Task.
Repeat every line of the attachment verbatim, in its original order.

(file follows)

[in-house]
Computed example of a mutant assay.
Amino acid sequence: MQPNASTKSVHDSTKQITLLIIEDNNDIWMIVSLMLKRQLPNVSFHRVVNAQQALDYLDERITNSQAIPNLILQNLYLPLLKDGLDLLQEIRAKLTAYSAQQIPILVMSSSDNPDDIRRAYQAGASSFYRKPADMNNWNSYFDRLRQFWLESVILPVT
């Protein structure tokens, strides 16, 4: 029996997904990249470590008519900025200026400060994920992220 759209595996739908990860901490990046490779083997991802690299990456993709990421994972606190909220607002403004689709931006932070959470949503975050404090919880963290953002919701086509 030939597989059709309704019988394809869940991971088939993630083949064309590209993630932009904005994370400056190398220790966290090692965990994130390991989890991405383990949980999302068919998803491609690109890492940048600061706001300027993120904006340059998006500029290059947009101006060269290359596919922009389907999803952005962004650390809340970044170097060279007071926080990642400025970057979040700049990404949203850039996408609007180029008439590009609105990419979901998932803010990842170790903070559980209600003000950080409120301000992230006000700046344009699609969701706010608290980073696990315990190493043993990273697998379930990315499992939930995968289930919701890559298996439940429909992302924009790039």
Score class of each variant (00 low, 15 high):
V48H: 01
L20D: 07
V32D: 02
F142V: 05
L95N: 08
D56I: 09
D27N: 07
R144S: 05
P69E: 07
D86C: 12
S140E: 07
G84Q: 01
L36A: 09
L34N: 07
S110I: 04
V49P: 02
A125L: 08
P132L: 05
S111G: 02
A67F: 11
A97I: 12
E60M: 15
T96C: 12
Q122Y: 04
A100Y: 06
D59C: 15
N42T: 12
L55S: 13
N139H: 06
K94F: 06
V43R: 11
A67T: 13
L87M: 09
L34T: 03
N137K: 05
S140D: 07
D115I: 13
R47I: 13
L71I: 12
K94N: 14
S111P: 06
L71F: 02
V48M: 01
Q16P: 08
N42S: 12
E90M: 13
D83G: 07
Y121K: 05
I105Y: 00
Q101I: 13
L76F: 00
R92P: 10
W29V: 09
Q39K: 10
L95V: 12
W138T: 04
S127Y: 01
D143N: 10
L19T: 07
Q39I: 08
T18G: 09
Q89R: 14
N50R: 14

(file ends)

[in-house]
Computed example of a mutant assay.
Amino acid sequence: MQPNASTKSVHDSTKQITLLIIEDNNDIWMIVSLMLKRQLPNVSFHRVVNAQQALDYLDERITNSQAIPNLILQNLYLPLLKDGLDLLQEIRAKLTAYSAQQIPILVMSSSDNPDDIRRAYQAGASSFYRKPADMNNWNSYFDRLRQFWLESVILPVT
């Protein structure tokens, strides 16, 4: 029996997904990249470590008519900025200026400060994920992220 759209595996739908990860901490990046490779083997991802690299990456993709990421994972606190909220607002403004689709931006932070959470949503975050404090919880963290953002919701086509 030939597989059709309704019988394809869940991971088939993630083949064309590209993630932009904005994370400056190398220790966290090692965990994130390991989890991405383990949980999302068919998803491609690109890492940048600061706001300027993120904006340059998006500029290059947009101006060269290359596919922009389907999803952005962004650390809340970044170097060279007071926080990642400025970057979040700049990404949203850039996408609007180029008439590009609105990419979901998932803010990842170790903070559980209600003000950080409120301000992230006000700046344009699609969701706010608290980073696990315990190493043993990273697998379930990315499992939930995968289930919701890559298996439940429909992302924009790039």
Score class of each variant (00 low, 15 high):
V48H: 01
L20D: 07
V32D: 02
F142V: 05
L95N: 08
D56I: 09
D27N: 07
R144S: 05
P69E: 07
D86C: 12
S140E: 07
G84Q: 01
L36A: 09
L34N: 07
S110I: 04
V49P: 02
A125L: 08
P132L: 05
S111G: 02
A67F: 11
A97I: 12
E60M: 15
T96C: 12
Q122Y: 04
A100Y: 06
D59C: 15
N42T: 12
L55S: 13
N139H: 06
K94F: 06
V43R: 11
A67T: 13
L87M: 09
L34T: 03
N137K: 05
S140D: 07
D115I: 13
R47I: 13
L71I: 12
K94N: 14
S111P: 06
L71F: 02
V48M: 01
Q16P: 08
N42S: 12
E90M: 13
D83G: 07
Y121K: 05
I105Y: 00
Q101I: 13
L76F: 00
R92P: 10
W29V: 09
Q39K: 10
L95V: 12
W138T: 04
S127Y: 01
D143N: 10
L19T: 07
Q39I: 08
T18G: 09
Q89R: 14
N50R: 14